Was early to mid- 1900s syndicalism inherently anti-state?

I would say not really. In some respects it was almost "neutral". And this is where those in the marxian tradition, though not exclusively, sorta slotted in. Seemingly mainly in the US, Britain and Ireland.

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Sep 2 2019 20:35
syndicalist wrote:
Was early to mid- 1900s syndicalism inherently anti-state?

I would say not really. In some respects it was almost "neutral". And this is where those in the marxian tradition, though not exclusively, sorta slotted in. Seemingly mainly in the US, Britain and Ireland.

It all depends on what you mean by the term 'syndicalism'. There are folks on the Left, including some historians, who seem to employ that term to refer to any union movement based on rank and file control and commitment to direct action. Wayne Thorpe and Marcel van der Linden, for example, define it loosely to encompass "all revolutionary, direct-actionist organisations", and they have received criticism from other writers for that approach. So then anyone, including marxists, who participate in such movements are seen as part of the syndicalist tradition. This is the source for the inclusion of the likes of Daniel De Leon and others similar to him.

But you can also (and perhaps better) understand 'syndicalism' as a distinct political tendency, from say 'marxist leninism' or even 'anarcho-syndicalism'. It is a revolutionary union politics, and anti-statism is part of it as a defining feature. That is how I think it is treated in it's libcom introduction, as something that is not just a particular kind of union movement.

By the way, I'm curious to know who were those marxists who "sorta slotted in"? Who do you have in mind? Also, could you point to any works on the movements in the US, Britain and Ireland?

syndicalist
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Sep 2 2019 15:56

Some of the links above will give you a taste of what I'm referring to.

This might be instructive as well: https://www.marxists.org/archive/pribicevic/1959/shop-stewards/ch01.htm [Branko Pribićević 1959, "The Shop Stewards’ Movement and
Workers’ Control 1910-1922 ---- Chapter I: Introduction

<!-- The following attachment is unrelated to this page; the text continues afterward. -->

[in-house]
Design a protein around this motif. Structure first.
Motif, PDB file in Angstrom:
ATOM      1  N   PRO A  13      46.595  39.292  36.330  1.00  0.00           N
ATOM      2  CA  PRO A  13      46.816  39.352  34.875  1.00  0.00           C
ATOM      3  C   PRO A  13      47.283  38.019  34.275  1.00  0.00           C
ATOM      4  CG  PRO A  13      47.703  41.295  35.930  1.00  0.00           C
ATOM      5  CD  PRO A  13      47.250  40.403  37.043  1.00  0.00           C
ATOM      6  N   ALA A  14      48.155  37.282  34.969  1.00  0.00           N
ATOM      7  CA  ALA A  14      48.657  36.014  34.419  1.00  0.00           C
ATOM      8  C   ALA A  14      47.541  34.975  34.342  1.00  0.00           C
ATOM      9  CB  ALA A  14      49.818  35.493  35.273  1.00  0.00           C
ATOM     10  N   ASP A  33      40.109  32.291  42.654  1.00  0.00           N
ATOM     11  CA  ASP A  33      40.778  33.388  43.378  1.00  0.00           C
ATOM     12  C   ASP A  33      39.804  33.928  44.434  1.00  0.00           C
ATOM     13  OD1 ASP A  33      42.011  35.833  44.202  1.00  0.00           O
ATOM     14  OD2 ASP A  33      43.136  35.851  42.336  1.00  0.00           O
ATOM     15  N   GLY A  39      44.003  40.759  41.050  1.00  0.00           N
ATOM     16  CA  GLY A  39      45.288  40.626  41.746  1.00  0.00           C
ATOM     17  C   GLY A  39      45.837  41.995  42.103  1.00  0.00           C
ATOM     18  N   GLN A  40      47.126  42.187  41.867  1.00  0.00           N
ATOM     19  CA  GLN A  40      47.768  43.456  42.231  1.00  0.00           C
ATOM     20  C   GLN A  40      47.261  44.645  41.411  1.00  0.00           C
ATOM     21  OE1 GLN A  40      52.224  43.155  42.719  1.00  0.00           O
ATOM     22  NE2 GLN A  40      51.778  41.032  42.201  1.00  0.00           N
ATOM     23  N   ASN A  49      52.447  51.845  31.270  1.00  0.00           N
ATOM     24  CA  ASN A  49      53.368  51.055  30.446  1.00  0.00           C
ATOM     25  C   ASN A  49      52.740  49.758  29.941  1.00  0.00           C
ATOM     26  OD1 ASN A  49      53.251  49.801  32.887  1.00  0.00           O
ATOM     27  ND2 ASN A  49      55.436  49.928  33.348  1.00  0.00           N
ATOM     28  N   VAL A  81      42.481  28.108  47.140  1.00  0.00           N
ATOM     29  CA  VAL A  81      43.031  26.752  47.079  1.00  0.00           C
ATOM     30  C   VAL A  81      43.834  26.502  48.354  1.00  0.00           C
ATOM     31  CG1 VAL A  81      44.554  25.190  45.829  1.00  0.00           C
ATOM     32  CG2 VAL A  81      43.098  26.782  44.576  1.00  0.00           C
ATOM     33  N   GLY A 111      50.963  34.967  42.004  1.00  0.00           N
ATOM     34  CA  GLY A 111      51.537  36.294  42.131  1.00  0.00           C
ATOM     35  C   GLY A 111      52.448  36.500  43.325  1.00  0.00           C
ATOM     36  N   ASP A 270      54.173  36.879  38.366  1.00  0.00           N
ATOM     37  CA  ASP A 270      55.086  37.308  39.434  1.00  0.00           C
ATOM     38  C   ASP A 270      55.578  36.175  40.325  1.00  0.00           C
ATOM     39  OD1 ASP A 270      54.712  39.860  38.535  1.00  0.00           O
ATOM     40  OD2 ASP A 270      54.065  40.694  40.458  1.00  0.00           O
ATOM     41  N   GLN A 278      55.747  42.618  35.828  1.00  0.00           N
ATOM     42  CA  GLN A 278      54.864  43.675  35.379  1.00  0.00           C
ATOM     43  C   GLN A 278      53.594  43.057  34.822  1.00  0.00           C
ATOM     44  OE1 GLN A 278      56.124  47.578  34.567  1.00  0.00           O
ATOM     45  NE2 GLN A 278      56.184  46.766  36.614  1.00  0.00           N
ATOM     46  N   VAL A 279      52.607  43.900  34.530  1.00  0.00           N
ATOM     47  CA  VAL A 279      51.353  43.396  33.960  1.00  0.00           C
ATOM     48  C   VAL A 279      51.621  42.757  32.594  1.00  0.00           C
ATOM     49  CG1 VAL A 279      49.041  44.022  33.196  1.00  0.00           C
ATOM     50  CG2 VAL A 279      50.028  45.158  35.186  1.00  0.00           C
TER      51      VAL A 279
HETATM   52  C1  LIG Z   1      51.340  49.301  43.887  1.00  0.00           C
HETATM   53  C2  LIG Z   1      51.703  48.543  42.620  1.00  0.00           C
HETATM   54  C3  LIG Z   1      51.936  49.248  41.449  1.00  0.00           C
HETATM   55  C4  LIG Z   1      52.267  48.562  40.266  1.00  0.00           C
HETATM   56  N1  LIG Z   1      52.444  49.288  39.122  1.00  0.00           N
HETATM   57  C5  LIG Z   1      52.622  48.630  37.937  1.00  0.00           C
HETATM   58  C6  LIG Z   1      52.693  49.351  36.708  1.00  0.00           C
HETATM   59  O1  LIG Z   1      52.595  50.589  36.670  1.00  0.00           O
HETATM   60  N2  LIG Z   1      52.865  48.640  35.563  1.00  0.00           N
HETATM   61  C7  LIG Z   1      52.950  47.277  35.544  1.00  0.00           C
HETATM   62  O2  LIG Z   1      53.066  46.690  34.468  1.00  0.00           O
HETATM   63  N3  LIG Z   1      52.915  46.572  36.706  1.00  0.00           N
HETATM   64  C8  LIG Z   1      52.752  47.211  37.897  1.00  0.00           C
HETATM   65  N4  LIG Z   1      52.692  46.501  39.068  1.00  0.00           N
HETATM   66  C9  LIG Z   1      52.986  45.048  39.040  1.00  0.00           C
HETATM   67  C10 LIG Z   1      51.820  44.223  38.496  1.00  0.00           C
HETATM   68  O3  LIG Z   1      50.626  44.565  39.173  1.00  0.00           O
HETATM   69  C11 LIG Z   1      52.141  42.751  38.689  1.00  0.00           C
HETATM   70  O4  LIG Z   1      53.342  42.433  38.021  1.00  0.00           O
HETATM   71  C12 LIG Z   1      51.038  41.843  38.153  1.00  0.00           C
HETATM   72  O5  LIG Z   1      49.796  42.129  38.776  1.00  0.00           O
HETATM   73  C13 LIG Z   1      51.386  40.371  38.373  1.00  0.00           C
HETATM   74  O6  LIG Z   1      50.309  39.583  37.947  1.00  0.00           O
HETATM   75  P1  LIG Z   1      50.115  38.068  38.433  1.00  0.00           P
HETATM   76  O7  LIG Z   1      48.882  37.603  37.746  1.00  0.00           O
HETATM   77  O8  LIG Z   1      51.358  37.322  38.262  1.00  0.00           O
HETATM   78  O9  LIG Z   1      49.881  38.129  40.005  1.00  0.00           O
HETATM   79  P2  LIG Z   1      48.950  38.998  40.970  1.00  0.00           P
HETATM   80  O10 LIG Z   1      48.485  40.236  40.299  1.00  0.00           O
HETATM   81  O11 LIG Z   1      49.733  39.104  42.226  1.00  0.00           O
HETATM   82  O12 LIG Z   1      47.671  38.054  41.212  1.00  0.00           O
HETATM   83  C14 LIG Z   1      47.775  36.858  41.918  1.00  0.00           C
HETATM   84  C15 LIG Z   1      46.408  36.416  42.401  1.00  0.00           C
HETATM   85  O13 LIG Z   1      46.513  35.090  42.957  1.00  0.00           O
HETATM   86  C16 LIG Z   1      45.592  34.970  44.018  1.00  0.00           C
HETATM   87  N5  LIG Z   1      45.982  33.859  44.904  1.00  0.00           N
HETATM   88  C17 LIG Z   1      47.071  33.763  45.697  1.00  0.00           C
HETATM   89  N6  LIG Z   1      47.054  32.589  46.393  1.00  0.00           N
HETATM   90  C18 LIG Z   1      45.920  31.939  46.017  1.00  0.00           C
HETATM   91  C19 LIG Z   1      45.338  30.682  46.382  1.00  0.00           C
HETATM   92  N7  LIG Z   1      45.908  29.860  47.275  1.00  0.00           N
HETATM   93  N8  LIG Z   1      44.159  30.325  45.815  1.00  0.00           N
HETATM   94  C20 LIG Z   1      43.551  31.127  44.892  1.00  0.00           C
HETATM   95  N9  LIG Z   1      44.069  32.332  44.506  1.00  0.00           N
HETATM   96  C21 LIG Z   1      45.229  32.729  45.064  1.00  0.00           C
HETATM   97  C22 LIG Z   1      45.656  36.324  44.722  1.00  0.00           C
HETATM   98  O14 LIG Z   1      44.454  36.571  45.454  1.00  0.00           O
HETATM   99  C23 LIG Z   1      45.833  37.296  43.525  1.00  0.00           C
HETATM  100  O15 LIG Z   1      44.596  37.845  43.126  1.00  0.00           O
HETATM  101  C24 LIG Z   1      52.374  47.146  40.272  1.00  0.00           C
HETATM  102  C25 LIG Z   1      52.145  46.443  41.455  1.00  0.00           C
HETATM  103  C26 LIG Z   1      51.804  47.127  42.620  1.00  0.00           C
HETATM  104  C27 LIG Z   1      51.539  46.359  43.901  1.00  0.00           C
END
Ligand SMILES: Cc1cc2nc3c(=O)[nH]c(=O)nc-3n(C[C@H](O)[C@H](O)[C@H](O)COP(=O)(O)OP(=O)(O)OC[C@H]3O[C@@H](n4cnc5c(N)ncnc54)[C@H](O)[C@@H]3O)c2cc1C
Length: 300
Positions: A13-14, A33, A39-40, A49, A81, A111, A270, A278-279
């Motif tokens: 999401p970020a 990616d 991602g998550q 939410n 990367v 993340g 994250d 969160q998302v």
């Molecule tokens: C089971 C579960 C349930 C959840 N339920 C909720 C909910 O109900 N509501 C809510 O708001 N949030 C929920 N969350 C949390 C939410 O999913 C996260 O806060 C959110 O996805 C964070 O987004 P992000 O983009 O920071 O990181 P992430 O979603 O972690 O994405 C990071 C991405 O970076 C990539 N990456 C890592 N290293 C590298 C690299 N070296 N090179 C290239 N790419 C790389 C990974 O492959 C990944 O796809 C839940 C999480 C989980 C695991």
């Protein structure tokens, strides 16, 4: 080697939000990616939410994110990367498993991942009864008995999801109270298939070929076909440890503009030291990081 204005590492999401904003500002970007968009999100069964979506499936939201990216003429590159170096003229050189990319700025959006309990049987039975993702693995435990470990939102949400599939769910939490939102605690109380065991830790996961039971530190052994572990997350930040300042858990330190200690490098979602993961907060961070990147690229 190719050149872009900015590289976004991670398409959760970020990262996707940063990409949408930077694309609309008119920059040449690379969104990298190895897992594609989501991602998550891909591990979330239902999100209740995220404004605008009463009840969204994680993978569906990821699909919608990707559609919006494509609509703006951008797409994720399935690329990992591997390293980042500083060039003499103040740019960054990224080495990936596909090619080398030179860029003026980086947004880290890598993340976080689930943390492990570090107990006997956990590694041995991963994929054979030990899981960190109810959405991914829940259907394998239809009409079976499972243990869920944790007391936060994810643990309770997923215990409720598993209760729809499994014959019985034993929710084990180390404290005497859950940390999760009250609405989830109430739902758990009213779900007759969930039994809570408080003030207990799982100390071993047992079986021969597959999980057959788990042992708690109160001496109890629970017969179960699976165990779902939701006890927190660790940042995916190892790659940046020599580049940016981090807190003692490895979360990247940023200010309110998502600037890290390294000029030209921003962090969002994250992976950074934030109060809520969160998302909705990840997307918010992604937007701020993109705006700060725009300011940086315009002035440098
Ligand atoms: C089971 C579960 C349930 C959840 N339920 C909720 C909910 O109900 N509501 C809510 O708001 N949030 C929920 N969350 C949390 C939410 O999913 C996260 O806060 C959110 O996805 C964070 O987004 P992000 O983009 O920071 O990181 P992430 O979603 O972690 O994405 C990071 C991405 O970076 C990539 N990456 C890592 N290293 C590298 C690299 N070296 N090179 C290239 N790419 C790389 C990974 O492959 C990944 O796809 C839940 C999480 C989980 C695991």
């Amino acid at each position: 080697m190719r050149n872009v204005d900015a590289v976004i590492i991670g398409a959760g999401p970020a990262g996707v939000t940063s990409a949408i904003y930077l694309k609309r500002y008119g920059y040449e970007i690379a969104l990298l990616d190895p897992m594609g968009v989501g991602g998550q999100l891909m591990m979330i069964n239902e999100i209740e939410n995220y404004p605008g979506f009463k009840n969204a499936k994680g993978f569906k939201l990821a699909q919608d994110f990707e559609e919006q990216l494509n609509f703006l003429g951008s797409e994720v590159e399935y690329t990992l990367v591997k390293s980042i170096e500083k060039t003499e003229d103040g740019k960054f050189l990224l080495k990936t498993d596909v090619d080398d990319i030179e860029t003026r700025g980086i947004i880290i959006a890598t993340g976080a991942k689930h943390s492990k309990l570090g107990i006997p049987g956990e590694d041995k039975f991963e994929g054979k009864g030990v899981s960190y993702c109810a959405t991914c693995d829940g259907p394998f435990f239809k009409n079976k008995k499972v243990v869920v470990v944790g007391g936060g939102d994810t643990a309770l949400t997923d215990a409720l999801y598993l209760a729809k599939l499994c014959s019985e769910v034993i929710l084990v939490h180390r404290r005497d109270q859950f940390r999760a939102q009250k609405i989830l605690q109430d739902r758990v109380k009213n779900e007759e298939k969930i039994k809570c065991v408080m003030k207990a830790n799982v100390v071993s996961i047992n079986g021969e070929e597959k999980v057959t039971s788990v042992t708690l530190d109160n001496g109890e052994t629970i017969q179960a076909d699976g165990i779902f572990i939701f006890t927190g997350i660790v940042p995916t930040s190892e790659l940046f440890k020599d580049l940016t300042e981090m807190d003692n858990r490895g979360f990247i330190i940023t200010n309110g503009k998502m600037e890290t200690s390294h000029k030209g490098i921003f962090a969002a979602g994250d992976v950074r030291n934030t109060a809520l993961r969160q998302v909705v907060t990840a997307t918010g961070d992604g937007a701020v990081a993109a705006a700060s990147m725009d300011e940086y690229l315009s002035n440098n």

The Movement for Workers’ Control" ]

syndicalist
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Sep 2 2019 16:30
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Agent of the International:

But you can also (and perhaps better) understand 'syndicalism' has a distinct politcal tendency, from say 'marxist leninism' or even 'anarcho-syndicalism'. It is a revolutionary union politics, and anti-statism is part of it as a defining feature.

As an anarcho-syndicalist, I tend to agree. But I am not historically convinced that in the early days of "syndicalism" that all who accepted their own form of syndicalism were necessarily anti-state.

I guess what I have found over the past number of years, is that how we view "syndicalism" was not always the view of all syndicalists, particularly pre-WWI. That "syndicalism" was much more nuanced, more mixed with other ideas, other senses of what "syndicalism" should be. Hence my curiosity about all the tendencies and forms which became to be known as "syndicalism" (broadly speaking) early on.

syndicalist
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Sep 2 2019 16:07

I don't think this book is on-line, but worth the read. Clearly an example of a marxian and anti-state neutral early 20th century Irish form of syndicalism.

[b]Syndicalism in Ireland 1917-1923[/b] by Emmet O'Connor (1988)

syndicalist
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Sep 2 2019 16:22
Anarcho wrote:
syndicalist wrote:
My interest in this has been, though not exclusively, sparked in reading "Radical Unionism: The Rise & Fall of Revolutionary Syndicalism"" by Ralph Darlington (Chicago, 2013 --https://www.haymarketbooks.org/books/559-radical-unionism?fbclid=IwAR2yb... )

Darlington's book is pretty poor -- I've reviewed it here: Syndicalism, Marxist Myth and Anarchist Reality

I should also note my response in Anarchist Studies to an earlier article of his in that journal -- he was given the chance to respond, but declined. Make of that what you will.

Ive read your reviews of the book, its anarchist ideological criticism of his book. And marxism in general.I get that.

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Sep 2 2019 20:48
syndicalist wrote:
Anarcho wrote:
syndicalist wrote:
My interest in this has been, though not exclusively, sparked in reading "Radical Unionism: The Rise & Fall of Revolutionary Syndicalism"" by Ralph Darlington (Chicago, 2013 --https://www.haymarketbooks.org/books/559-radical-unionism?fbclid=IwAR2yb... )

Darlington's book is pretty poor -- I've reviewed it here: Syndicalism, Marxist Myth and Anarchist Reality

It seems that blog post is a review of Syndicalism and the Transition to Communism, a book apparently written by Ralph Darlington before his Radical Unionism: The Rise & Fall of Revolutionary Syndicalism. Or maybe I'm mistaken and the latter is really a reprint of the former under a new title? If not, I wonder what differences Radical Unionism may have from the first book. It was published after anarcho's review linked above, so maybe he took into account some criticisms.

syndicalist
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Sep 2 2019 20:49

It's actually (pretty much) the same book. Different publishers. Different titles.